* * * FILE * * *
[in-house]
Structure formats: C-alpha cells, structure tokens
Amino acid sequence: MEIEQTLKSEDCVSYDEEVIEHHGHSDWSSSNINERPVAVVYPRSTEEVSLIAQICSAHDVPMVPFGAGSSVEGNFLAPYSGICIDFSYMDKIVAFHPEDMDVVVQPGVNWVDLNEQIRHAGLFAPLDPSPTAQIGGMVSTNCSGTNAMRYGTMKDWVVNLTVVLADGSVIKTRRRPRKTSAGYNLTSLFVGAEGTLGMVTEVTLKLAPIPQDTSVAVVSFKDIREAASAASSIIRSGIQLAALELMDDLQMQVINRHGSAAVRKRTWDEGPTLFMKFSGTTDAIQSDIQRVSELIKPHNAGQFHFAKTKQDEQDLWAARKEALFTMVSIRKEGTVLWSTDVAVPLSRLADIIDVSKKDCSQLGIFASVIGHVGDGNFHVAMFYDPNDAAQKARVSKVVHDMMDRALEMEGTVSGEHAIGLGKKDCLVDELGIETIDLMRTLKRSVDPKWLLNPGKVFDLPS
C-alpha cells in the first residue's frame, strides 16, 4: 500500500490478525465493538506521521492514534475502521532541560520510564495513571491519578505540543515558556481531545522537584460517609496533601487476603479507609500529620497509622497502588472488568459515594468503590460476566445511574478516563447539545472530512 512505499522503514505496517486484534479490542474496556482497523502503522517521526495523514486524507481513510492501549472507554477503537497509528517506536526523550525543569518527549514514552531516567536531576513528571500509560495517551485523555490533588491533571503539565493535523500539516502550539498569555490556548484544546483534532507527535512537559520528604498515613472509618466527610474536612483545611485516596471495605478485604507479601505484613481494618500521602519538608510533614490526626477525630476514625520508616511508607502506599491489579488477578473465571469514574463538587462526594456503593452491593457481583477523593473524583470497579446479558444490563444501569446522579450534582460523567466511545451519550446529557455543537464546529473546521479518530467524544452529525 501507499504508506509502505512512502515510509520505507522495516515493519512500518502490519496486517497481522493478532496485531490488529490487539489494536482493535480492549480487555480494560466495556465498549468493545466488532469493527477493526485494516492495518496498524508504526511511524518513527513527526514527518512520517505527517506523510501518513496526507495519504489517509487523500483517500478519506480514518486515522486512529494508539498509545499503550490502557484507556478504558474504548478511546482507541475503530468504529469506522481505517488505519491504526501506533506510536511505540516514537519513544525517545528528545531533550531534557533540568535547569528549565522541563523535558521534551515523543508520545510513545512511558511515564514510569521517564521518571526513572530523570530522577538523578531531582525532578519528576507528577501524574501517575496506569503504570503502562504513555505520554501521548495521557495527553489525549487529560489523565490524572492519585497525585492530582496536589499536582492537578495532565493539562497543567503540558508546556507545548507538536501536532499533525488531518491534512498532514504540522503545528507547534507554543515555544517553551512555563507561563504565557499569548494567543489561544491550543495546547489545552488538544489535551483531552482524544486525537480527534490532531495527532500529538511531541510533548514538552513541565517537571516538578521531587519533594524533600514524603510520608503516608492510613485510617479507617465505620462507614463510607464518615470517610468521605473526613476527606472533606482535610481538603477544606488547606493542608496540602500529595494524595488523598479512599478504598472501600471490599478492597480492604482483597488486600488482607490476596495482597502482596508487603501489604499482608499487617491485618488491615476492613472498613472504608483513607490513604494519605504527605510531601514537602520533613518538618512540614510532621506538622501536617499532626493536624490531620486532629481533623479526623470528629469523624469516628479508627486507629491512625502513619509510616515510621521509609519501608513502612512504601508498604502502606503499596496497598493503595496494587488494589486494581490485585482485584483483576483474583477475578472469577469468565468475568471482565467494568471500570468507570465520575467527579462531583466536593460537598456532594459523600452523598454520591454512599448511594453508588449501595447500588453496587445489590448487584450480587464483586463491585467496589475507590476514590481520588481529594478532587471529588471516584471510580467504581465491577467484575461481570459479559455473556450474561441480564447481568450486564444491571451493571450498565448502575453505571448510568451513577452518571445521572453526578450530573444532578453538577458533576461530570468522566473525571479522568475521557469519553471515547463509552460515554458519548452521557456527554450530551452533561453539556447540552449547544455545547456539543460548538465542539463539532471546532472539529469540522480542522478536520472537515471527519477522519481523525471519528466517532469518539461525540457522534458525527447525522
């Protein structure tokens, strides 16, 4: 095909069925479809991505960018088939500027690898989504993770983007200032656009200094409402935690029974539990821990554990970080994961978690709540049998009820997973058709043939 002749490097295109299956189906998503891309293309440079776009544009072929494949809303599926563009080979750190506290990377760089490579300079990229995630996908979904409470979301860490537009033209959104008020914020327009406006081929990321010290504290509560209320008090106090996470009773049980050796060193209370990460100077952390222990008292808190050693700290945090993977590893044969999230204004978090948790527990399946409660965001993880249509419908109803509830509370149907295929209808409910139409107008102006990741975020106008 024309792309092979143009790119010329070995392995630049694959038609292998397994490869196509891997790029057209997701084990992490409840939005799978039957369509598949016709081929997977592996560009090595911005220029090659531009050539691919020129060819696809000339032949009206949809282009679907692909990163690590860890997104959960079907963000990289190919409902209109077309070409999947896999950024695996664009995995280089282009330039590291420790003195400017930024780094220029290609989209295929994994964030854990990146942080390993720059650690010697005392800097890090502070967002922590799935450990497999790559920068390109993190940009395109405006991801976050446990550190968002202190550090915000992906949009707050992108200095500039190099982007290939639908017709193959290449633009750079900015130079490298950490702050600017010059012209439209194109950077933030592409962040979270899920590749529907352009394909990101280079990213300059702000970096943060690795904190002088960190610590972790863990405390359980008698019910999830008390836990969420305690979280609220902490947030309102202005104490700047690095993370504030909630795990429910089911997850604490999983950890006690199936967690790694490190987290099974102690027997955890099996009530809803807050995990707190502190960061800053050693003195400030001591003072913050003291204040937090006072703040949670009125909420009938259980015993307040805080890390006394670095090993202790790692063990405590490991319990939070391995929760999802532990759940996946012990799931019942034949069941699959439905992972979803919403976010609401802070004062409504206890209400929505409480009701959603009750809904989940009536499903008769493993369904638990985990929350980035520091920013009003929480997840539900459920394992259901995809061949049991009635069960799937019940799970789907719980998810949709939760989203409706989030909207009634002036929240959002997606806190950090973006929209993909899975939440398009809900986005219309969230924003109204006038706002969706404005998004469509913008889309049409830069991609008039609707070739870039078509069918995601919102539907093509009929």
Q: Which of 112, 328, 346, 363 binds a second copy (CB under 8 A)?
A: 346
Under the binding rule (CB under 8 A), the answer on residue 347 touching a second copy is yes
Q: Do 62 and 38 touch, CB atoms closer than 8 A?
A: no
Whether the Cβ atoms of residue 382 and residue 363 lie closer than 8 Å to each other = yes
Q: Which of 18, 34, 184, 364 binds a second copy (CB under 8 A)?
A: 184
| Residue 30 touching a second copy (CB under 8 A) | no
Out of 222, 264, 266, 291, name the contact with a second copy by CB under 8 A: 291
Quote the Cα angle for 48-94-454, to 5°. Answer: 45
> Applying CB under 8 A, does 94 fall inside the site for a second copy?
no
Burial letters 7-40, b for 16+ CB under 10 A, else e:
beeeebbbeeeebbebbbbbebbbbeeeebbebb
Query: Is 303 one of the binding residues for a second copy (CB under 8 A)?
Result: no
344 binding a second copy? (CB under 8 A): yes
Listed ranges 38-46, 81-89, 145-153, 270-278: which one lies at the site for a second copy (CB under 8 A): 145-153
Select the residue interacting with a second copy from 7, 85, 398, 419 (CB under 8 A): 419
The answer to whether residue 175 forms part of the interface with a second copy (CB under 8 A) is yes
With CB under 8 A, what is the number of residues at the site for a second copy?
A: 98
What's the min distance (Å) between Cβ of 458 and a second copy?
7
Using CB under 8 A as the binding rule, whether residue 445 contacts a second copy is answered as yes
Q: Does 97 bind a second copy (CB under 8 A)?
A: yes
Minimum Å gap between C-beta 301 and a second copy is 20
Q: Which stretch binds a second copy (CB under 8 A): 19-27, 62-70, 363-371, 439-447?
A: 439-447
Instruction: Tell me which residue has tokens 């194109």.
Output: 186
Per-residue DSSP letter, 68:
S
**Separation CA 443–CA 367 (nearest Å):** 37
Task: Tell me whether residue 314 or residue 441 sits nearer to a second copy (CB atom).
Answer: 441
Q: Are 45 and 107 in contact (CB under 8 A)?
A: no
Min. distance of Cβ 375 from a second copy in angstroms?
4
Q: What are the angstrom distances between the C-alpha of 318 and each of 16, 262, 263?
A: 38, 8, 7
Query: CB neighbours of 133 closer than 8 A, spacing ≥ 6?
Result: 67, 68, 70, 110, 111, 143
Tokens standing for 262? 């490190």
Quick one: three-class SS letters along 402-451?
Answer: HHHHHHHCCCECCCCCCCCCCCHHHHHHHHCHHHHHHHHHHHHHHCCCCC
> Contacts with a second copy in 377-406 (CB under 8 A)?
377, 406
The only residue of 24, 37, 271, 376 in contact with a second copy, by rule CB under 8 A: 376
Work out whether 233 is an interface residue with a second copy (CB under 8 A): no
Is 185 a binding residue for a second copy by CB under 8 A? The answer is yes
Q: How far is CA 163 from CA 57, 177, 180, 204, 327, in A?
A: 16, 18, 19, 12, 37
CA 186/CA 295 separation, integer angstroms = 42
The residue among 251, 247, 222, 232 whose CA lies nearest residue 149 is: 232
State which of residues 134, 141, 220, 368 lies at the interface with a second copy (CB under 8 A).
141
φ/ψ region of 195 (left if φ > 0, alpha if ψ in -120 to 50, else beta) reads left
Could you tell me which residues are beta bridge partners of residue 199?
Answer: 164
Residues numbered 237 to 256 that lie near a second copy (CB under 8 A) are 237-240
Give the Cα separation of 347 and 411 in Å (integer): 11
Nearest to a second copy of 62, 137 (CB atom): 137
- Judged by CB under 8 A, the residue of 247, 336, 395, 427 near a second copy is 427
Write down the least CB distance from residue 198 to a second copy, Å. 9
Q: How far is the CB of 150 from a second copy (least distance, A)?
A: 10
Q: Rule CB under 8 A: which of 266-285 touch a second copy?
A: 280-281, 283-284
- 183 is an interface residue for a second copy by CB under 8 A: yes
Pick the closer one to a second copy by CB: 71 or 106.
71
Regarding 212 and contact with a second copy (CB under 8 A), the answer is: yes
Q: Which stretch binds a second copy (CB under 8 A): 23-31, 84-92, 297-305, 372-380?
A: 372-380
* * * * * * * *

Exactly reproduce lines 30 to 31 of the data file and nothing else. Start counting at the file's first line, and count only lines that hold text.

7
Using CB under 8 A as the binding rule, whether residue 445 contacts a second copy is answered as yes